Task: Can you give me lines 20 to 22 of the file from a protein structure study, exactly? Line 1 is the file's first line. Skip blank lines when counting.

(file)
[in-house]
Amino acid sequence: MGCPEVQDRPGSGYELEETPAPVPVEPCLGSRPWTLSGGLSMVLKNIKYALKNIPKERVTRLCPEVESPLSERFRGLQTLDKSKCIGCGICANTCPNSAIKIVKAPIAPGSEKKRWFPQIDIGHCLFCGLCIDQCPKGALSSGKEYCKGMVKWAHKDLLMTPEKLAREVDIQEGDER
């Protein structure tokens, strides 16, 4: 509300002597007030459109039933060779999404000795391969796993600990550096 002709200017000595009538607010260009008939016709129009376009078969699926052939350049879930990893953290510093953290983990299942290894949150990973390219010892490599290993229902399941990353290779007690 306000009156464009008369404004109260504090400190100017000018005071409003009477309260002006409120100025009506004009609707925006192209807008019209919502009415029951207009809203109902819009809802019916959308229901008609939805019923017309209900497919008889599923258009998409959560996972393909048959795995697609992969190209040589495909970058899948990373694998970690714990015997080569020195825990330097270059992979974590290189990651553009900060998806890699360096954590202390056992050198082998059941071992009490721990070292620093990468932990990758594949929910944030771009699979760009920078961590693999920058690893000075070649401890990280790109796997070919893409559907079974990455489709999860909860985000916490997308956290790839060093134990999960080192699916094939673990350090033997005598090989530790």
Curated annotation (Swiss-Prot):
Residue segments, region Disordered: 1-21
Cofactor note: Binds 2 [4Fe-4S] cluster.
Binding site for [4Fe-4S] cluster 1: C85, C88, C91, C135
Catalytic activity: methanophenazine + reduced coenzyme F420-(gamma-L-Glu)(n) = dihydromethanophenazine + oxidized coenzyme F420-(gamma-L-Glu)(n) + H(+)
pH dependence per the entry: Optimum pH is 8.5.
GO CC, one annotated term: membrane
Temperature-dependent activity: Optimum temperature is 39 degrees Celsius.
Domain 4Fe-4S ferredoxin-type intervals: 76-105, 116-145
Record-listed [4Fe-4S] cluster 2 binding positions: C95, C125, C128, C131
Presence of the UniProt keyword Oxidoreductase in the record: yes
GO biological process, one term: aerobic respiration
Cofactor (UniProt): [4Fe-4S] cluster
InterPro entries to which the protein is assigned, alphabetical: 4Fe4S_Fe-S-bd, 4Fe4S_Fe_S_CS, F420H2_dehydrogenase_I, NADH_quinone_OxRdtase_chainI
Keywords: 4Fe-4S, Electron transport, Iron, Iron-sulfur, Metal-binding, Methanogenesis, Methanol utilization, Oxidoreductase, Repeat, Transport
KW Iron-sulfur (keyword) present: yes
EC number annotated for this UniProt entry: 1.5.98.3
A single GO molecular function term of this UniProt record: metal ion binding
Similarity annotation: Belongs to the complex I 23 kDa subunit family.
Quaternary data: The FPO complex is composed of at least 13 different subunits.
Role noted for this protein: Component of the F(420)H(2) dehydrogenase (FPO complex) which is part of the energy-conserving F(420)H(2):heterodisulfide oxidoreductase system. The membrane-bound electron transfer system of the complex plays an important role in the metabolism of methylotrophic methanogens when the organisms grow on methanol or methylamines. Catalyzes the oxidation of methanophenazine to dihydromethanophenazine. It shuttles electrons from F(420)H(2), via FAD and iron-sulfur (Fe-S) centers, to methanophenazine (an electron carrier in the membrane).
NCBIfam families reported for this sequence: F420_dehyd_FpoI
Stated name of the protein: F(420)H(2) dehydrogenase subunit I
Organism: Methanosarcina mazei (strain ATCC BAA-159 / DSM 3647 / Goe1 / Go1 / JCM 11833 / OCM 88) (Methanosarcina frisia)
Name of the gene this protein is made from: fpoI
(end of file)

EC number annotated for this UniProt entry: 1.5.98.3
A single GO molecular function term of this UniProt record: metal ion binding
Similarity annotation: Belongs to the complex I 23 kDa subunit family.